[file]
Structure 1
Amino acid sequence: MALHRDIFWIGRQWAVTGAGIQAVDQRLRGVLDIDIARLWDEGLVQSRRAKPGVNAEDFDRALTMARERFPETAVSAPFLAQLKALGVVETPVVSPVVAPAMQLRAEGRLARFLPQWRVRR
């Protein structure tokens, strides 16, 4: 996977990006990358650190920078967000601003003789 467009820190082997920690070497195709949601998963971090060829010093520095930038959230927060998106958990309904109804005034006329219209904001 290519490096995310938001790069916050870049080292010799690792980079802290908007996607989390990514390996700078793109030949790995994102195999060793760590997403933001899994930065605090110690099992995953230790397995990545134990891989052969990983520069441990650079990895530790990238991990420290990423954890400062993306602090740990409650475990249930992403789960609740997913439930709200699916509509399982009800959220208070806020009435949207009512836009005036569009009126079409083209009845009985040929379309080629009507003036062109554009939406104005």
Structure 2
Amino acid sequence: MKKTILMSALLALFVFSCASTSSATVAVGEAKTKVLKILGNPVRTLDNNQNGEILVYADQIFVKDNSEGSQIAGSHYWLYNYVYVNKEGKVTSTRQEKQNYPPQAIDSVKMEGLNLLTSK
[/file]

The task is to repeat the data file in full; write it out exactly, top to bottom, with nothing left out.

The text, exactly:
Structure 1
Amino acid sequence: MALHRDIFWIGRQWAVTGAGIQAVDQRLRGVLDIDIARLWDEGLVQSRRAKPGVNAEDFDRALTMARERFPETAVSAPFLAQLKALGVVETPVVSPVVAPAMQLRAEGRLARFLPQWRVRR
């Protein structure tokens, strides 16, 4: 996977990006990358650190920078967000601003003789 467009820190082997920690070497195709949601998963971090060829010093520095930038959230927060998106958990309904109804005034006329219209904001 290519490096995310938001790069916050870049080292010799690792980079802290908007996607989390990514390996700078793109030949790995994102195999060793760590997403933001899994930065605090110690099992995953230790397995990545134990891989052969990983520069441990650079990895530790990238991990420290990423954890400062993306602090740990409650475990249930992403789960609740997913439930709200699916509509399982009800959220208070806020009435949207009512836009005036569009009126079409083209009845009985040929379309080629009507003036062109554009939406104005």
Structure 2
Amino acid sequence: MKKTILMSALLALFVFSCASTSSATVAVGEAKTKVLKILGNPVRTLDNNQNGEILVYADQIFVKDNSEGSQIAGSHYWLYNYVYVNKEGKVTSTRQEKQNYPPQAIDSVKMEGLNLLTSK